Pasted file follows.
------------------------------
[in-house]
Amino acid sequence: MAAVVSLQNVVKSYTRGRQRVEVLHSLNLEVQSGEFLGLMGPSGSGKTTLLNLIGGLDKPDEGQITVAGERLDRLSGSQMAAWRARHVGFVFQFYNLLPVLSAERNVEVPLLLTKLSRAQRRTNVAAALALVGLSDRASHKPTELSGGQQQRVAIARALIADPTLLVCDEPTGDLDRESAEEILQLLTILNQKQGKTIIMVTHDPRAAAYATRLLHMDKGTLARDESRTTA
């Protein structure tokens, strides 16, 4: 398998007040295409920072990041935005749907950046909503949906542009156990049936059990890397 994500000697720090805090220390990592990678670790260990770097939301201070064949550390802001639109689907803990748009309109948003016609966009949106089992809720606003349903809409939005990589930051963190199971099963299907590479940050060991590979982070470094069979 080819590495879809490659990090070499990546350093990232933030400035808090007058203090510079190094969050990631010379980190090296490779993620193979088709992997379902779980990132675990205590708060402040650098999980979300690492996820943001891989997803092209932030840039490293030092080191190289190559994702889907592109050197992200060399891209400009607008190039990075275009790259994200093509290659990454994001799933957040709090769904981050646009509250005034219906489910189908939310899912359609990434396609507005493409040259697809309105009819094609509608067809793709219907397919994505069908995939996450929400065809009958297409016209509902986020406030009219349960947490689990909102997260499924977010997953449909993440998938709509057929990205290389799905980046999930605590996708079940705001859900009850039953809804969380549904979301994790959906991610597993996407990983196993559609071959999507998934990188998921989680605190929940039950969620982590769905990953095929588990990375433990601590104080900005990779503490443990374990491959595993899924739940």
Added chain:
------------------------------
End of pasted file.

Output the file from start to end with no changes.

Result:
[in-house]
Amino acid sequence: MAAVVSLQNVVKSYTRGRQRVEVLHSLNLEVQSGEFLGLMGPSGSGKTTLLNLIGGLDKPDEGQITVAGERLDRLSGSQMAAWRARHVGFVFQFYNLLPVLSAERNVEVPLLLTKLSRAQRRTNVAAALALVGLSDRASHKPTELSGGQQQRVAIARALIADPTLLVCDEPTGDLDRESAEEILQLLTILNQKQGKTIIMVTHDPRAAAYATRLLHMDKGTLARDESRTTA
């Protein structure tokens, strides 16, 4: 398998007040295409920072990041935005749907950046909503949906542009156990049936059990890397 994500000697720090805090220390990592990678670790260990770097939301201070064949550390802001639109689907803990748009309109948003016609966009949106089992809720606003349903809409939005990589930051963190199971099963299907590479940050060991590979982070470094069979 080819590495879809490659990090070499990546350093990232933030400035808090007058203090510079190094969050990631010379980190090296490779993620193979088709992997379902779980990132675990205590708060402040650098999980979300690492996820943001891989997803092209932030840039490293030092080191190289190559994702889907592109050197992200060399891209400009607008190039990075275009790259994200093509290659990454994001799933957040709090769904981050646009509250005034219906489910189908939310899912359609990434396609507005493409040259697809309105009819094609509608067809793709219907397919994505069908995939996450929400065809009958297409016209509902986020406030009219349960947490689990909102997260499924977010997953449909993440998938709509057929990205290389799905980046999930605590996708079940705001859900009850039953809804969380549904979301994790959906991610597993996407990983196993559609071959999507998934990188998921989680605190929940039950969620982590769905990953095929588990990375433990601590104080900005990779503490443990374990491959595993899924739940």
Added chain: